So moving on to our next question, you know, just curious. What have been some of your standout or most memorable projects over the years?

TF: What comes to mind are some of the larger hardware programs that I've been involved with. We performed the full-scale, static, and fatigue test of one of the very light jets, one of the early very light jets several years ago. That includes building up the test hardware to support the testing. But it reproduced the flight for the fatigue portion of that very light jet from taxi to take off to cruising altitudes to landing.

And so our test apparatus provided those loads, including internal cabin pressurization. So it was a very integrated test program. But not only testing, but it was all the data analysis, the data acquisition, everything that went along to help that client certify their aircraft through the FAA under their quality systems.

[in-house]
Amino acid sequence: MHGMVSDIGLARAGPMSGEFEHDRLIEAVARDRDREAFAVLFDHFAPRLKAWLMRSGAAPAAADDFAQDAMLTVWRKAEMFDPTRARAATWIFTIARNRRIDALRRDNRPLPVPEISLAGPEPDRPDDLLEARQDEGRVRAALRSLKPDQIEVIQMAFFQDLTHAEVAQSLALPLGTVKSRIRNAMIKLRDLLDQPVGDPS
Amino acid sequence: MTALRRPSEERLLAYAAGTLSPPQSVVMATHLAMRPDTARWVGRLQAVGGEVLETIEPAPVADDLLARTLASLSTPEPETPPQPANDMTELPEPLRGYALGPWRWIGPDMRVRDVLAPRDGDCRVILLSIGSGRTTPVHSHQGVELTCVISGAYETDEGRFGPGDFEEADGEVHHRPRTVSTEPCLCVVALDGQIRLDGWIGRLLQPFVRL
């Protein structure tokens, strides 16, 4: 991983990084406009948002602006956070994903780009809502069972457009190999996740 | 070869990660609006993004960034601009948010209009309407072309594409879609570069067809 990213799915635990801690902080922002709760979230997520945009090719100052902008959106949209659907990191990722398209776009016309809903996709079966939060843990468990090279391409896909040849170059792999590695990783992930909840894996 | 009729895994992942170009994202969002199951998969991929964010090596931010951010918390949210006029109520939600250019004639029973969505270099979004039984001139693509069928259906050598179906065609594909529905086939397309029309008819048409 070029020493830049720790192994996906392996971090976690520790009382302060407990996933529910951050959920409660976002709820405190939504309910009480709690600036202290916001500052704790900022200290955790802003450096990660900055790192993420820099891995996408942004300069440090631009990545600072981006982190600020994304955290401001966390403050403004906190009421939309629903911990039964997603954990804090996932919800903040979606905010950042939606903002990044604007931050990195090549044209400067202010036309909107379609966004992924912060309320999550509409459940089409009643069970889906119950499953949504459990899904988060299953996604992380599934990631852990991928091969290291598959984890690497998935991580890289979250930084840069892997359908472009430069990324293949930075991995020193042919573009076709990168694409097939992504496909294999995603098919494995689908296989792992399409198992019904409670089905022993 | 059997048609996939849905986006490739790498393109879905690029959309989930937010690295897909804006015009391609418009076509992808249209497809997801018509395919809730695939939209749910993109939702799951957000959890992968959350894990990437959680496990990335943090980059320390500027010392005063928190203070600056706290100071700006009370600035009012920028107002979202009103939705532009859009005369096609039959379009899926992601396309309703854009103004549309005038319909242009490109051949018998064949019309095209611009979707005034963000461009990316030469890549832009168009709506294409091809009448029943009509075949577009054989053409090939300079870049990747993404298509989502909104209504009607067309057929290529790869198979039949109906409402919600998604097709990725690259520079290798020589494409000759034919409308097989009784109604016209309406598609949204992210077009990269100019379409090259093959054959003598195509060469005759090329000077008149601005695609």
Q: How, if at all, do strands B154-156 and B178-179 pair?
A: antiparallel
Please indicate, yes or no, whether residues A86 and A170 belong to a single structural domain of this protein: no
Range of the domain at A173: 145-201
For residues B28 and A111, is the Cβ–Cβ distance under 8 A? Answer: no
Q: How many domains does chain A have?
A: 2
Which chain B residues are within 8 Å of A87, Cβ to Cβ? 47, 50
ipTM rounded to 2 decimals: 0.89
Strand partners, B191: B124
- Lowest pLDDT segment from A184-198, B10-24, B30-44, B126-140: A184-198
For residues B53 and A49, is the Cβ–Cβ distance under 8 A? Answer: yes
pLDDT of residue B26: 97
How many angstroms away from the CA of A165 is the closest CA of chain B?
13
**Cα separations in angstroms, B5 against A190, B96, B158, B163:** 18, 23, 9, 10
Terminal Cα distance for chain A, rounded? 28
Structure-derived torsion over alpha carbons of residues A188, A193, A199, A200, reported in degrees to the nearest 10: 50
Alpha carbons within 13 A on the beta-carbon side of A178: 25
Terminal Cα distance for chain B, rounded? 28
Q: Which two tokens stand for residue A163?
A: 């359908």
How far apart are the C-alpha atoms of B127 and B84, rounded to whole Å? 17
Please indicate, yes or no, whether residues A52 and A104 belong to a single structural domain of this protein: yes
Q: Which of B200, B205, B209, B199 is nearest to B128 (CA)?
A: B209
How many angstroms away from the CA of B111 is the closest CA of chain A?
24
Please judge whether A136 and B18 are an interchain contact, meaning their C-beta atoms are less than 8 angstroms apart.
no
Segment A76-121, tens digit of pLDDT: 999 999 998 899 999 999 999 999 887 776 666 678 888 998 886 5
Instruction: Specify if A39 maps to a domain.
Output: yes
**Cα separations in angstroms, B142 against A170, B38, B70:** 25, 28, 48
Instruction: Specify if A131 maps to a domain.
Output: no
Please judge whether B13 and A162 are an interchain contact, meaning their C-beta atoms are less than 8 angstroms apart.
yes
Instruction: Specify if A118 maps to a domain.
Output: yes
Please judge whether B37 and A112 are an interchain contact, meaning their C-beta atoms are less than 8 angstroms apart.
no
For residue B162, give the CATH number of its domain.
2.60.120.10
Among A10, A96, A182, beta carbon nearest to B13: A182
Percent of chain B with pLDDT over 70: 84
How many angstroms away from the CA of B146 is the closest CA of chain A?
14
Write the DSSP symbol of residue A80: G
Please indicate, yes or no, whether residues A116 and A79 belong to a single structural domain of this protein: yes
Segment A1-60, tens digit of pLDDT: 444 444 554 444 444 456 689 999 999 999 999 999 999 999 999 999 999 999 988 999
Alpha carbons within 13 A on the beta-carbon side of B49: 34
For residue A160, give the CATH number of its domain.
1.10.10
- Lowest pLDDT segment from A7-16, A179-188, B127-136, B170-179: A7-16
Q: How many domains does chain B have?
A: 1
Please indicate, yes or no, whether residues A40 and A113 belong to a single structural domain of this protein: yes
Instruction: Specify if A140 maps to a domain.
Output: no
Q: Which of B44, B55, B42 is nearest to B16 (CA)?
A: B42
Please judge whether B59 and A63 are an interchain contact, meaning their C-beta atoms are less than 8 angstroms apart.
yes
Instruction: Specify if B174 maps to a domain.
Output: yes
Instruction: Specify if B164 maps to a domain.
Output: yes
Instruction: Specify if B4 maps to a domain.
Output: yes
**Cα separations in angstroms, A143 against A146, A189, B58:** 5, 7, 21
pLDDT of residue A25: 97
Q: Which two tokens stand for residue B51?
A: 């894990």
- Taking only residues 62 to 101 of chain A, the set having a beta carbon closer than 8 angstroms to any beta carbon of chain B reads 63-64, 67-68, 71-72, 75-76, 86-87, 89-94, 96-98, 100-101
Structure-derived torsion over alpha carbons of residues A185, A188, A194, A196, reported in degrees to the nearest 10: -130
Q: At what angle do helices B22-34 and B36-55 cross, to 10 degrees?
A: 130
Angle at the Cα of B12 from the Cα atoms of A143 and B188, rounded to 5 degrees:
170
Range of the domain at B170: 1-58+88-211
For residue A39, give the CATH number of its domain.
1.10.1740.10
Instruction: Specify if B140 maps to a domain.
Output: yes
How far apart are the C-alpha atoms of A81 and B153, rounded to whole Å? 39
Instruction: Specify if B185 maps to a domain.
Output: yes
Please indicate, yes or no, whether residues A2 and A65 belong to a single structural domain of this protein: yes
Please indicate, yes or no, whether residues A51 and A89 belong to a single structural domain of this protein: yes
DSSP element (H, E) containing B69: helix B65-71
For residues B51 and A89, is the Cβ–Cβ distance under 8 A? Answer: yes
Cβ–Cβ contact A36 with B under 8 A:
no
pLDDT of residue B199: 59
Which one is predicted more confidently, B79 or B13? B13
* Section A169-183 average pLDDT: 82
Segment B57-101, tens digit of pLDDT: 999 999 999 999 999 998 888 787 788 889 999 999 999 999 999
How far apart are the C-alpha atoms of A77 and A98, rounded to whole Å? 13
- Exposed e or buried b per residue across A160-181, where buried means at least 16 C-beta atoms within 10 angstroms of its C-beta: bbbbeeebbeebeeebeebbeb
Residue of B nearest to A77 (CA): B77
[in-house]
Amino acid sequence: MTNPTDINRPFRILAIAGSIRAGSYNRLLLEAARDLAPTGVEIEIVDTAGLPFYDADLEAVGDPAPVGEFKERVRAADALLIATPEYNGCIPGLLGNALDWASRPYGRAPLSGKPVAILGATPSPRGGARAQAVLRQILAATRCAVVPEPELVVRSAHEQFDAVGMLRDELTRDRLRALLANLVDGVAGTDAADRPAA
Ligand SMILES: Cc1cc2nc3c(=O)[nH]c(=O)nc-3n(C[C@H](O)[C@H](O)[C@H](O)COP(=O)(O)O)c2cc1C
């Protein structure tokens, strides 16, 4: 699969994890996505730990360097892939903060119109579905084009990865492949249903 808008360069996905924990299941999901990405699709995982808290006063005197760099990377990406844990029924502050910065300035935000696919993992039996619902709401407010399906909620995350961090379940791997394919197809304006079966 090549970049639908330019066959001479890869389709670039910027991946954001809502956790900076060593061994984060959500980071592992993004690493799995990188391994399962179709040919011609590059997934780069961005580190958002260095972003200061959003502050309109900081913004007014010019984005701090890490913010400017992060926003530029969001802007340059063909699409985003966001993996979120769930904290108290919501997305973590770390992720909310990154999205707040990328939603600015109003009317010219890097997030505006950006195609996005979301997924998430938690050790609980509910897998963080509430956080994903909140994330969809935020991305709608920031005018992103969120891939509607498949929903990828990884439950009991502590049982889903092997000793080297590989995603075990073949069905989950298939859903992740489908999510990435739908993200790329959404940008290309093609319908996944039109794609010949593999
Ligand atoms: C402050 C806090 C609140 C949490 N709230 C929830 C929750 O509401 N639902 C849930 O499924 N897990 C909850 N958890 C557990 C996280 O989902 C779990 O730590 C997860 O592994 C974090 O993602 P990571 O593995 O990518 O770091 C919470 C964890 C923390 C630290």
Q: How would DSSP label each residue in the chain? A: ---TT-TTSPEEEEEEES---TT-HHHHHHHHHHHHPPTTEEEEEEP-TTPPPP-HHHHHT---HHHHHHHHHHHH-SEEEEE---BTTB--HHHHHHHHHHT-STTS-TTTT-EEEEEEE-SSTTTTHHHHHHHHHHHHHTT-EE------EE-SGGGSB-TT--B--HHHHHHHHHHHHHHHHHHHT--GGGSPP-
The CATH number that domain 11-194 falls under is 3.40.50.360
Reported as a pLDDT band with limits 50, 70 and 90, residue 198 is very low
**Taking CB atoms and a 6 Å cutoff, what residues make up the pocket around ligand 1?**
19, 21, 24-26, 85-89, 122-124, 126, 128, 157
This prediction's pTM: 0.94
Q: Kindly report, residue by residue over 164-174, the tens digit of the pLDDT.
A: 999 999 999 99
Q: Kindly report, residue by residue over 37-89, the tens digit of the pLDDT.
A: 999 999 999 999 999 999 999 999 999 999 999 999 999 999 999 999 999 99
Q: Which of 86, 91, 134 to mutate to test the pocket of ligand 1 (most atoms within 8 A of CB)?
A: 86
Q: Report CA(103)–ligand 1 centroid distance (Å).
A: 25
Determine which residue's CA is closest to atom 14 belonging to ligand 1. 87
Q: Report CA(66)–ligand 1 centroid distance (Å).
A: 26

Another one that comes to mind most recently is being involved in the manned submersible named Alvin that most people have heard about. This is a deep diving man submersible. And we designed and built a sphere that goes on the Alvin. And so that was a very integrated and lengthy program that was very interesting. And the impact obviously, is great on the use of that.

I've also been involved with a program that comes to mind for testing a large-scale heat shield for a Titan rocket-- the base of the Titan rocket years ago. And so that involved a lot of designing and building of the hardware in support of that validation or qualification of that heat shield that flies a very important mission.

But every project is always somewhat different, whether it's large or small. I think they all are memorable. I remember just about every one I've done. And at the time, it's the most important project to the client. And it is very important to us.